Situational awareness teaches kids that they need to understand the dangers that can accompany a space – and how to minimize risk as they interact with it. This means things like keeping a younger brother or sister from running in the kitchen while they’re cooking.
6. Honing patience
Patience is definitely an acquired discipline – and the only way you hone it is in wading through the waiting. Nothing about cooking offers instant gratification … you’re always waiting on something to boil, brown or bake.
Your kids can learn to relax, take a breath and wait in the moment – even when the rewards aren’t as easy or tangible.
7. Explore project management and prioritization.
Cooking comes with order, structure and direction. My software engineer husband reminds me that, with this order, comes task management and responsibility.
In life, A plus B plus C is the formula to reaching your goals. By following instructions and taking responsibility for tasks along the way, cooking teaches your kids to stay on track and complete necessary tasks. They also hone prioritization as they juggle several cooking tasks at once (like food cooking on multiple burners.)
8. Reinforcing creative processes.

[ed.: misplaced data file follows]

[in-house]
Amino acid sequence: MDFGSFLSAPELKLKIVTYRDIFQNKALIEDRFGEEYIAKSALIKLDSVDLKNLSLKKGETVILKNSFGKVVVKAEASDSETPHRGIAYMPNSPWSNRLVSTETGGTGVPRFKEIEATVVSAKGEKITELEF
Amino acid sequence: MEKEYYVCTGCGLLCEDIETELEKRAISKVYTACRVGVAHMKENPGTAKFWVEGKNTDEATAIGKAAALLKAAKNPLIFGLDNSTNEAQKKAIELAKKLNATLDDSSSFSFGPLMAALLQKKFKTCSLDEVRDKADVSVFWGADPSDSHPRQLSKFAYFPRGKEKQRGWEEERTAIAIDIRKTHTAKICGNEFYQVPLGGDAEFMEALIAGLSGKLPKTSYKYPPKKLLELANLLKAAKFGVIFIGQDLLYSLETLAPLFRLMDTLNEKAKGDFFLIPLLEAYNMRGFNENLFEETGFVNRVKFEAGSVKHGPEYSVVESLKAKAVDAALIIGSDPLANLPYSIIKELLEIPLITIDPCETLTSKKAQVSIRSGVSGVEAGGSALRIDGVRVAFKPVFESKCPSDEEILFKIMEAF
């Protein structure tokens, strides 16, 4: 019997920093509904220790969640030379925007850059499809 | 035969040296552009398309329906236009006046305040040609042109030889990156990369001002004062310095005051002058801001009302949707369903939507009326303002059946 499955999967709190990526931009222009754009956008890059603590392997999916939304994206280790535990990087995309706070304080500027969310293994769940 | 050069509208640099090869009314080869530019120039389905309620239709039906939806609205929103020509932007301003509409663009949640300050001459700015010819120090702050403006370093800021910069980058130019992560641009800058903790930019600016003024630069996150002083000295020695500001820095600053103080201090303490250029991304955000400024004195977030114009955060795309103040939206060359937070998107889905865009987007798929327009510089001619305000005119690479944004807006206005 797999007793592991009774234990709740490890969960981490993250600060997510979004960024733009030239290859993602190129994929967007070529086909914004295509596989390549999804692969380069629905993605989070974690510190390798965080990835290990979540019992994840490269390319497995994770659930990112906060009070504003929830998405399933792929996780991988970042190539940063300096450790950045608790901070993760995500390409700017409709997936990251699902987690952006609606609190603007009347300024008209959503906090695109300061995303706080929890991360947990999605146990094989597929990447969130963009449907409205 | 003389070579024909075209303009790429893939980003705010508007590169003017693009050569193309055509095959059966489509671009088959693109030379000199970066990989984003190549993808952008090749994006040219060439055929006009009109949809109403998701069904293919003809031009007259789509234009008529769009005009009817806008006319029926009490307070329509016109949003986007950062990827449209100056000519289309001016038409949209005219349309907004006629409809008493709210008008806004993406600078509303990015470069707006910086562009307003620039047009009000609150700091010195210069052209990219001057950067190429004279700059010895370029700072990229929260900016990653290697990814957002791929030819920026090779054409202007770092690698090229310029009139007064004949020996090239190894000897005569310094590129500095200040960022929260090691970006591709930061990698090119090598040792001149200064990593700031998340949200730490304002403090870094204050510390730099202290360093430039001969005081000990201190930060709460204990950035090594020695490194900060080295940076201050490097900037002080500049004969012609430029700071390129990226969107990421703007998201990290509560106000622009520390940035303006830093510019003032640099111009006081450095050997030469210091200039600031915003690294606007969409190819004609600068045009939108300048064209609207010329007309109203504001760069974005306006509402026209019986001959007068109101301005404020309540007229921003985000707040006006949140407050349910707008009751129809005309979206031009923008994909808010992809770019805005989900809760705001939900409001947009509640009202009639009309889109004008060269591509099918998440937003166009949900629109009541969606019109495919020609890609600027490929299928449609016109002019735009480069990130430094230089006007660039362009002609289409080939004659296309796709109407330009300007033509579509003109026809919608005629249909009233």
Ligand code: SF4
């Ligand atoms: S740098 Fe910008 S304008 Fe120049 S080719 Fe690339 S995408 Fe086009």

There’s so much creative energy in the kitchen. New dishes, exciting pairings and exploration give kids space to try new things and come up with their own creations.
Encourage your kids to try new things and to not shy away from being creative. This will carry over to school, work and life.
9. Supports reflection and meaning-making.
At some point in life, we started associating failure with our personal value. But know this, it’s a lie.
Sometimes you’re going to prepare a dish that’s absolutely amazing – and other times you wouldn’t want to share the disaster with your worst enemy. Failure allows us to reflect and make sense of experiences. Through this reflection, we can prepare ourselves to do differently next time.
4 tips for cooking with your kids
There are plenty of benefits – so now how do you do it? Here are four handy tips for getting started with your kids in the kitchen.
- Just do it. Sure, it may feel like cliché advice – but as with many things in life, simply taking that first step is so important. Even if you’re not the “kitchen type”, start finding recipes you’d like to try – and get in some practice.
- Get comfortable with kitchen safety. Understand how to properly care for the tools and the space, especially caring for and using knives and being prepared in case of fire.
- Be comfortable with experimentation. Try new tastes, use new ingredients and don’t be afraid to tweak recipes as you feel more confident.
- It’s never too late to start. Whether your kids are 6 … or 16 … you can encourage them to spend time with you in the kitchen. Make it fun, let them lead and help them find the value. The investment is so worth it!
Now it’s your turn …
Question: How have you spent time with your kids in the kitchen – and what advice would you share to get the whole family collaborating on cooking?